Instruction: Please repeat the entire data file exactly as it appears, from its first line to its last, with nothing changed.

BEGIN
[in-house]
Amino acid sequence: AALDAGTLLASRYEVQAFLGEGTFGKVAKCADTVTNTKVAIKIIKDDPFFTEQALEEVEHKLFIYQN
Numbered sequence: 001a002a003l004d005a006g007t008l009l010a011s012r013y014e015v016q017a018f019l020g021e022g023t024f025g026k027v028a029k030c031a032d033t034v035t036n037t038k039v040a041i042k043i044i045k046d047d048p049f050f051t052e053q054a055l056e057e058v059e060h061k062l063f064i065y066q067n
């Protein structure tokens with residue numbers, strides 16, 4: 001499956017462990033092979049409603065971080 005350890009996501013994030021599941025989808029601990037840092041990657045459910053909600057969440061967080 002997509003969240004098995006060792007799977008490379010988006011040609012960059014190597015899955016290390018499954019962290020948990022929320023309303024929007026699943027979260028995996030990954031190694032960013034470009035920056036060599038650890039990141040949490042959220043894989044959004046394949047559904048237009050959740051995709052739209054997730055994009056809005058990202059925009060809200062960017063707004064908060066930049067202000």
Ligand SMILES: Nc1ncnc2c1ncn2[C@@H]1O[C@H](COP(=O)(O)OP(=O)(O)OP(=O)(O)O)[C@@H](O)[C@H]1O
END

[in-house]
Amino acid sequence: AALDAGTLLASRYEVQAFLGEGTFGKVAKCADTVTNTKVAIKIIKDDPFFTEQALEEVEHKLFIYQN
Numbered sequence: 001a002a003l004d005a006g007t008l009l010a011s012r013y014e015v016q017a018f019l020g021e022g023t024f025g026k027v028a029k030c031a032d033t034v035t036n037t038k039v040a041i042k043i044i045k046d047d048p049f050f051t052e053q054a055l056e057e058v059e060h061k062l063f064i065y066q067n
């Protein structure tokens with residue numbers, strides 16, 4: 001499956017462990033092979049409603065971080 005350890009996501013994030021599941025989808029601990037840092041990657045459910053909600057969440061967080 002997509003969240004098995006060792007799977008490379010988006011040609012960059014190597015899955016290390018499954019962290020948990022929320023309303024929007026699943027979260028995996030990954031190694032960013034470009035920056036060599038650890039990141040949490042959220043894989044959004046394949047559904048237009050959740051995709052739209054997730055994009056809005058990202059925009060809200062960017063707004064908060066930049067202000």
Ligand SMILES: Nc1ncnc2c1ncn2[C@@H]1O[C@H](COP(=O)(O)OP(=O)(O)OP(=O)(O)O)[C@@H](O)[C@H]1O